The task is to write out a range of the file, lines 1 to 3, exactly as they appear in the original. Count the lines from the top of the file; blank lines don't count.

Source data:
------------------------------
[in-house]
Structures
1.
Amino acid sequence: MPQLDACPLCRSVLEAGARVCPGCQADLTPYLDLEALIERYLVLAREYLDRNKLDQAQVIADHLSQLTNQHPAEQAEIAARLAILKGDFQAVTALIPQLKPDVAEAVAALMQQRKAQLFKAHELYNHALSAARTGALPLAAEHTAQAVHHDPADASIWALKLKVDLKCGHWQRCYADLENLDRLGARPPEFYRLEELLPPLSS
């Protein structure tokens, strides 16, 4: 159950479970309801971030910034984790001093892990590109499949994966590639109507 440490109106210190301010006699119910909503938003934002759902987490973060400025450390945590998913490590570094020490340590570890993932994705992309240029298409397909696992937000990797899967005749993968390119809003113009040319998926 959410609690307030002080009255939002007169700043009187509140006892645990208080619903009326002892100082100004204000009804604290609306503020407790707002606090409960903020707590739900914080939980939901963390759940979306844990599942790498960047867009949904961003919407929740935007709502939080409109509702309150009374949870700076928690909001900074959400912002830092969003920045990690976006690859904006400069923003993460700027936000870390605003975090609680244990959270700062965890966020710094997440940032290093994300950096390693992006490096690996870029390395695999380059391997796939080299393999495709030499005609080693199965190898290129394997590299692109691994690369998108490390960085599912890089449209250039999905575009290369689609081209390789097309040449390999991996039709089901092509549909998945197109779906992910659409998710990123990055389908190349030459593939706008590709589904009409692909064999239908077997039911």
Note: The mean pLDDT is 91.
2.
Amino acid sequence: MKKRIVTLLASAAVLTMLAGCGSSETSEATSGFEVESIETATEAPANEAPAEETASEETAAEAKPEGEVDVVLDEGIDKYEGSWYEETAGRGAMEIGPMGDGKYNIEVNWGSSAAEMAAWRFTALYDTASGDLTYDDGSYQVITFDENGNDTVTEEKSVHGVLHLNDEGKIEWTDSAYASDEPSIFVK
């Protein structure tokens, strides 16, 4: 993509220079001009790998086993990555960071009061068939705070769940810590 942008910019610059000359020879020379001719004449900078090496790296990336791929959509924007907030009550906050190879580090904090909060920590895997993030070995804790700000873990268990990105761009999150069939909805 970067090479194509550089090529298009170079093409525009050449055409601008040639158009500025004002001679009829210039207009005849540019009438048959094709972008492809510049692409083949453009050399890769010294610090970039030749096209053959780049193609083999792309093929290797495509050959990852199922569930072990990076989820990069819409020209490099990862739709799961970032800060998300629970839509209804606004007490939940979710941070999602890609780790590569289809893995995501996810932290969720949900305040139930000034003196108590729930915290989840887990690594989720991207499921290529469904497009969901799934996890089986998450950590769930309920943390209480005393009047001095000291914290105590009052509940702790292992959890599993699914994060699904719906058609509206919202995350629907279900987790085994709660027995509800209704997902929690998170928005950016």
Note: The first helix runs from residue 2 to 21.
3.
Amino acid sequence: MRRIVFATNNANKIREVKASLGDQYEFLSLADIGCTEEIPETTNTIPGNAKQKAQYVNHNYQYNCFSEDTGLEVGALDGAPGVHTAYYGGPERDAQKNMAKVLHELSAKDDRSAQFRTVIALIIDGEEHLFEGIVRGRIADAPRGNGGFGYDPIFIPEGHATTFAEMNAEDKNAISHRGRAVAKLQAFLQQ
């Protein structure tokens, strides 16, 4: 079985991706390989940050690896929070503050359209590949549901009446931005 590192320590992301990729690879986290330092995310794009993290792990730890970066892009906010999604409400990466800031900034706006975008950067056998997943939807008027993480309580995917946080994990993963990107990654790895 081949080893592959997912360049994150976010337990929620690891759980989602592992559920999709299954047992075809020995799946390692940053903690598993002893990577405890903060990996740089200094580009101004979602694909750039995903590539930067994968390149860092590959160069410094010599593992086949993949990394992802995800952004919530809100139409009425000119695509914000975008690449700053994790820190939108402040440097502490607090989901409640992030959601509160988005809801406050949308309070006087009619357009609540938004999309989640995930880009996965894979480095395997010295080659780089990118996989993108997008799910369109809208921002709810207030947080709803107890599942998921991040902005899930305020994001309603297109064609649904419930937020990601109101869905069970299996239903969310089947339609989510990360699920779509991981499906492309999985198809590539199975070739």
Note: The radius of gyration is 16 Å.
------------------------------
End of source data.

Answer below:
[in-house]
Structures
1.